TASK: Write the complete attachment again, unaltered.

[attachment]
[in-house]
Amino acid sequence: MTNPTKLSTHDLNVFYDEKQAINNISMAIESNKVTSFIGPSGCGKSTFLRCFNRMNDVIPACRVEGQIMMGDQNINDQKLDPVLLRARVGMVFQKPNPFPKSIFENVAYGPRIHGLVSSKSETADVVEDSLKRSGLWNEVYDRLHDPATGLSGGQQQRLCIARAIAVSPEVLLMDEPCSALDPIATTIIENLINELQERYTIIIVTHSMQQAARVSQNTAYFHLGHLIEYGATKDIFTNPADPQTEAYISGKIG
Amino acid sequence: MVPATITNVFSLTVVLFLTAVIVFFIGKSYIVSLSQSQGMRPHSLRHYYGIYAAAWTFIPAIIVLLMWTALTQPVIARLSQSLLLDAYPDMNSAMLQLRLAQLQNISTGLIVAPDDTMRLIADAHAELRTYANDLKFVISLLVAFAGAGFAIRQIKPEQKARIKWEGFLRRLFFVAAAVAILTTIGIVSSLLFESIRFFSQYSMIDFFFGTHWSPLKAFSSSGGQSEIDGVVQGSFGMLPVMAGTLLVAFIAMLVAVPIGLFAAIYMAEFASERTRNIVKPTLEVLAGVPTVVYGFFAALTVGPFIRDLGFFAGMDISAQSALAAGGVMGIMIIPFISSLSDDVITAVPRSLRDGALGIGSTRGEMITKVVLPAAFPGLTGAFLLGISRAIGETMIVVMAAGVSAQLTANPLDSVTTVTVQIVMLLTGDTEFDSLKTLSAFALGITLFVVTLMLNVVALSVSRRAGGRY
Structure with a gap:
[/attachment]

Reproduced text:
[in-house]
Amino acid sequence: MTNPTKLSTHDLNVFYDEKQAINNISMAIESNKVTSFIGPSGCGKSTFLRCFNRMNDVIPACRVEGQIMMGDQNINDQKLDPVLLRARVGMVFQKPNPFPKSIFENVAYGPRIHGLVSSKSETADVVEDSLKRSGLWNEVYDRLHDPATGLSGGQQQRLCIARAIAVSPEVLLMDEPCSALDPIATTIIENLINELQERYTIIIVTHSMQQAARVSQNTAYFHLGHLIEYGATKDIFTNPADPQTEAYISGKIG
Amino acid sequence: MVPATITNVFSLTVVLFLTAVIVFFIGKSYIVSLSQSQGMRPHSLRHYYGIYAAAWTFIPAIIVLLMWTALTQPVIARLSQSLLLDAYPDMNSAMLQLRLAQLQNISTGLIVAPDDTMRLIADAHAELRTYANDLKFVISLLVAFAGAGFAIRQIKPEQKARIKWEGFLRRLFFVAAAVAILTTIGIVSSLLFESIRFFSQYSMIDFFFGTHWSPLKAFSSSGGQSEIDGVVQGSFGMLPVMAGTLLVAFIAMLVAVPIGLFAAIYMAEFASERTRNIVKPTLEVLAGVPTVVYGFFAALTVGPFIRDLGFFAGMDISAQSALAAGGVMGIMIIPFISSLSDDVITAVPRSLRDGALGIGSTRGEMITKVVLPAAFPGLTGAFLLGISRAIGETMIVVMAAGVSAQLTANPLDSVTTVTVQIVMLLTGDTEFDSLKTLSAFALGITLFVVTLMLNVVALSVSRRAGGRY
Structure with a gap: